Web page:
Washington_Congressional negotiators said Tuesday they were nearing agreement on a revised children's health bill that they believed would withstand President Bush's veto.
Their goal is a measure that will attract about two dozen more House Republicans to a bid to expand the State Children's Health Insurance Program by $35 billion.
That would provide a veto-proof margin on the hard-fought issue that has dominated Congress' domestic agenda in recent weeks. Bush's veto of a similar bill was narrowly upheld by the House.
"We are close," House Majority Leader Steny Hoyer, D-Md., told reporters as the negotiators took an early evening break from the their closed-door talks. He warned, however, that an accord might be difficult because the Republican participants did not include party leaders, and overriding a Bush veto is "a tough vote" for GOP lawmakers.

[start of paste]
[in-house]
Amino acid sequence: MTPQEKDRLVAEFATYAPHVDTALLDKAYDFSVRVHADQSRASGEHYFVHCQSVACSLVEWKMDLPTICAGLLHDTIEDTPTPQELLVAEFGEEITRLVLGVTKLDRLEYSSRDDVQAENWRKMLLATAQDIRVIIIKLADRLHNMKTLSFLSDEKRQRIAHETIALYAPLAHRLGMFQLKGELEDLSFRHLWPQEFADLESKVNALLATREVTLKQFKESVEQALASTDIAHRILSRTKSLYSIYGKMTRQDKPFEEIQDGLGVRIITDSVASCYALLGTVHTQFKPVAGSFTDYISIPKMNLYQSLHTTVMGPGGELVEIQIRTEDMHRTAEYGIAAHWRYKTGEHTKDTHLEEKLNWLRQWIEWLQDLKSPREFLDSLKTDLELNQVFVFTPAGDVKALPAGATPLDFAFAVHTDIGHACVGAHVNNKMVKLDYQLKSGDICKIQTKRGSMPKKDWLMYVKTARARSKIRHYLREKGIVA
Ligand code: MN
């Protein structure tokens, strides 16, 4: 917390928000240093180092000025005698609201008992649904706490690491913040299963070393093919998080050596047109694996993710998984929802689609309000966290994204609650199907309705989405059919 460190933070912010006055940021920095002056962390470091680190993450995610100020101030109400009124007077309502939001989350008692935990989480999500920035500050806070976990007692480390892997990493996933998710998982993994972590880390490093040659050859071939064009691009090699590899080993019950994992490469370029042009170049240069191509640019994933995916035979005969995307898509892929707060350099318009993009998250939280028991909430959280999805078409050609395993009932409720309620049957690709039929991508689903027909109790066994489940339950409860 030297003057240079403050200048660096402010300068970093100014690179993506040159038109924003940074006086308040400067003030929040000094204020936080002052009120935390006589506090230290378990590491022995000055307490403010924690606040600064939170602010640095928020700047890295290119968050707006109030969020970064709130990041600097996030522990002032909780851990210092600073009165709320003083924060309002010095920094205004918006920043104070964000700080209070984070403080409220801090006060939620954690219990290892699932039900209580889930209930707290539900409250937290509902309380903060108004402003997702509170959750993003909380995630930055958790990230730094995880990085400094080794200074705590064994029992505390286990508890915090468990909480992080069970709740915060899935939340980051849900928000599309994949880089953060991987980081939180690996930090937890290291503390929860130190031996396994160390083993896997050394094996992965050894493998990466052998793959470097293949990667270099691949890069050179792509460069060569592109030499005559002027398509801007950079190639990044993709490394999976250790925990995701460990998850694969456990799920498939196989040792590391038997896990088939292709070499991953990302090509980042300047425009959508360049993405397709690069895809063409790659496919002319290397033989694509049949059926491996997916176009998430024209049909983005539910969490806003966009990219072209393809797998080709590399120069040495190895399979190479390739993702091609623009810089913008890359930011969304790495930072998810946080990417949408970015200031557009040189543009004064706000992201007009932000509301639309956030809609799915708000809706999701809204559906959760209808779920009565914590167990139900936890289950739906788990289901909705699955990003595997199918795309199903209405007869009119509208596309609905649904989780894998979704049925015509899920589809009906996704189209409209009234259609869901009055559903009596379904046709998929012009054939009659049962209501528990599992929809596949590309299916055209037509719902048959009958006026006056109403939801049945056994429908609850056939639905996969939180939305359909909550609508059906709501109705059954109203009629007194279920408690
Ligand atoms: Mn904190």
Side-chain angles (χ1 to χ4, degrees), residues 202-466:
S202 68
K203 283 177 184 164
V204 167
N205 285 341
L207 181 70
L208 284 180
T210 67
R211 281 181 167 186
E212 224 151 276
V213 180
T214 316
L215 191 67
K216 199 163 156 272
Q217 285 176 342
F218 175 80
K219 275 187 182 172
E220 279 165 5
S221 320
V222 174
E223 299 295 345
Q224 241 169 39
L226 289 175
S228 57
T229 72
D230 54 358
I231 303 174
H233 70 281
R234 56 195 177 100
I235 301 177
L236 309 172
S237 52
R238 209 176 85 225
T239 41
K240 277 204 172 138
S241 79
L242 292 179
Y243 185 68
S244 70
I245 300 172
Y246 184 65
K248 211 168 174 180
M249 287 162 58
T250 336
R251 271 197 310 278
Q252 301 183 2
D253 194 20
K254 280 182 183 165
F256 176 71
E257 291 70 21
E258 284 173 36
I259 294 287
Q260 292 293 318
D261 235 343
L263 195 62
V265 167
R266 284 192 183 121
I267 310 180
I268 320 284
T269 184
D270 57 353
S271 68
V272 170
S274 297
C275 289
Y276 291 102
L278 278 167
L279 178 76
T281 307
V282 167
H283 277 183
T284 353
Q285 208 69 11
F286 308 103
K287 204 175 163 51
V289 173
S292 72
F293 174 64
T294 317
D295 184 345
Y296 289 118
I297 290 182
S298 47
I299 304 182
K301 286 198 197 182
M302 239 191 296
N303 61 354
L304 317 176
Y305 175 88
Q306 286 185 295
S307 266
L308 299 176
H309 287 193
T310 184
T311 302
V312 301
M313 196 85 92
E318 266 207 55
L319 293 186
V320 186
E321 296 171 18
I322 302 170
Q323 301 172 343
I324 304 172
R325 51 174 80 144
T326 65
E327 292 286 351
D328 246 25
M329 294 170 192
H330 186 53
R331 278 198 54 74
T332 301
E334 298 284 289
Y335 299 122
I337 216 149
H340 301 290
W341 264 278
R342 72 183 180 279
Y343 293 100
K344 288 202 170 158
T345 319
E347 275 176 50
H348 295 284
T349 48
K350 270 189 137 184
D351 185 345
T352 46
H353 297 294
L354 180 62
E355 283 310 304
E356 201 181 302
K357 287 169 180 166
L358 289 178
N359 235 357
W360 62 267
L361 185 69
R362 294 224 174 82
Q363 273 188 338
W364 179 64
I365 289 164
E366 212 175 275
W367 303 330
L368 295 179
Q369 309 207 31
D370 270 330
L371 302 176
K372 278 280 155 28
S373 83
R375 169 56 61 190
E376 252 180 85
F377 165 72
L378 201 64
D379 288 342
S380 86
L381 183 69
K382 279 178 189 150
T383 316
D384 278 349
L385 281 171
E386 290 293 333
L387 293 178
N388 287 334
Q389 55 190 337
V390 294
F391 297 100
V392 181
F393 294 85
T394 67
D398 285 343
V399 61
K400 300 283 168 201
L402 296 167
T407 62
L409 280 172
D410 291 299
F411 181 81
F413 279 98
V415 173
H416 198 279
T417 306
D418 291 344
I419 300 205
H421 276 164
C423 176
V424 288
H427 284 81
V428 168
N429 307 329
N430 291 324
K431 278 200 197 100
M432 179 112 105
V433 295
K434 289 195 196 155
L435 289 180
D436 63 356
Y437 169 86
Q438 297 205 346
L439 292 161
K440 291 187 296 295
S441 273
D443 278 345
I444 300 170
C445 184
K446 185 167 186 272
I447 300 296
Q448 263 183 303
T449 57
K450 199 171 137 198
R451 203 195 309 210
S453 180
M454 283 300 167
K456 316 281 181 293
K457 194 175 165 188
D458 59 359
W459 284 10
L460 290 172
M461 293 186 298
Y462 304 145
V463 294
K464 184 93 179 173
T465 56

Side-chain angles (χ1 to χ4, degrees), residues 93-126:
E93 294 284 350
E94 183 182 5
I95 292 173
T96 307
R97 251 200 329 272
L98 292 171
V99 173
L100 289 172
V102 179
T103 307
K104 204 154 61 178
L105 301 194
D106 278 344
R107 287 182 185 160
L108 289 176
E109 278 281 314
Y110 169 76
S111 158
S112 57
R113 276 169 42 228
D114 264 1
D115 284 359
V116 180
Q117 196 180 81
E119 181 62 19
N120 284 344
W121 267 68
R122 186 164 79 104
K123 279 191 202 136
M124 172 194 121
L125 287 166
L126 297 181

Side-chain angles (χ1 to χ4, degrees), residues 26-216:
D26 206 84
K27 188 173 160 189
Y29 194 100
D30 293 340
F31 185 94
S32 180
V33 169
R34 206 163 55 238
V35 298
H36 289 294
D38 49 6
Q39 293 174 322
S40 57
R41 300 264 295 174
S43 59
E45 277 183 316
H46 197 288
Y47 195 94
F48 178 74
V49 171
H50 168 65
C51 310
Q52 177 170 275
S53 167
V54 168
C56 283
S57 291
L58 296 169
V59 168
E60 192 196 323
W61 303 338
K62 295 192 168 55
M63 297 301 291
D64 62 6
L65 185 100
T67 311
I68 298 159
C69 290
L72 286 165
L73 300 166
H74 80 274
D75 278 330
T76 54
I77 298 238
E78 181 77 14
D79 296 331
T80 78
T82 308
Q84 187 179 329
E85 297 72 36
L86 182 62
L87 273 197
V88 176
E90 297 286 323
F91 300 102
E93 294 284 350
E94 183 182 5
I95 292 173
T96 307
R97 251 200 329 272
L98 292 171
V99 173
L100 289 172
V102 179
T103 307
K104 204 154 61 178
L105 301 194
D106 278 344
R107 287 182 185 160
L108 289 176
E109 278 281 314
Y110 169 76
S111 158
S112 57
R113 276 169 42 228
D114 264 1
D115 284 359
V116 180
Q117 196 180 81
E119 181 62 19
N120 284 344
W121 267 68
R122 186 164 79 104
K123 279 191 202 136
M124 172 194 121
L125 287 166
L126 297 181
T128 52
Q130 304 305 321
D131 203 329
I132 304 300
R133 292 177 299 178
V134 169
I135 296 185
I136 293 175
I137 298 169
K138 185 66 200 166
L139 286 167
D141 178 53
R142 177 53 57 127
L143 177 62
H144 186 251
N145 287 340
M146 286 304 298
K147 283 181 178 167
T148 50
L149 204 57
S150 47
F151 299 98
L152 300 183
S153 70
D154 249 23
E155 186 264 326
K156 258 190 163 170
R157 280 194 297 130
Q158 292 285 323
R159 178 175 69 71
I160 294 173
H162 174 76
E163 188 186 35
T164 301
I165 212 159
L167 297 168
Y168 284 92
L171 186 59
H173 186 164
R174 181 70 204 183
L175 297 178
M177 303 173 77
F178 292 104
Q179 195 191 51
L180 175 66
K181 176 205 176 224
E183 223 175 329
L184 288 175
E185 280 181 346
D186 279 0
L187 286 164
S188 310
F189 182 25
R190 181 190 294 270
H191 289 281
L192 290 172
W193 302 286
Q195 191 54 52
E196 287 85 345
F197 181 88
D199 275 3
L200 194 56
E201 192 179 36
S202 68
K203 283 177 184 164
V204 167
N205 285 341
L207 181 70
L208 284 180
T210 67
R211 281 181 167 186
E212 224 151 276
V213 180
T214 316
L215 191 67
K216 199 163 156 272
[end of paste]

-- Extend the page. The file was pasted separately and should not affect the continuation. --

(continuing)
Negotiators said they were trying to agree on how to pressure states into enrolling at least 90 percent of eligible low-income children before allowing middle-class families to participate in the program. Bush and his GOP allies have said middle-income families will displace more deserving poor families if strong incentives to sign up low-income families first are not required.
The program is aimed at families that do not qualify for Medicaid, but cannot afford health insurance.
Bush has said he will veto any version of the health insurance bill if it is funded by a tobacco tax increase, which is virtually certain under any revised plan. House and Senate Republican leaders have tried to keep enough colleagues in line to prevent a veto override.
But Tuesday's negotiations were being led by a half-dozen rank-and-file House Republicans who want to resolve the contentious issue, even if it means joining their 43 party colleagues who voted earlier to override the president. Republican negotiators included Reps. Judy Biggert, Ill., Michael Burgess, Tex., Nathan Deal, Ga., Jeff Fortenberry, Neb., and Rodney Frelinghuysen, N.J.Charles Babington, AP Writer © 2007 The Associated Press. All rights reserved. This material may not be published, broadcast, rewritten or redistributed.
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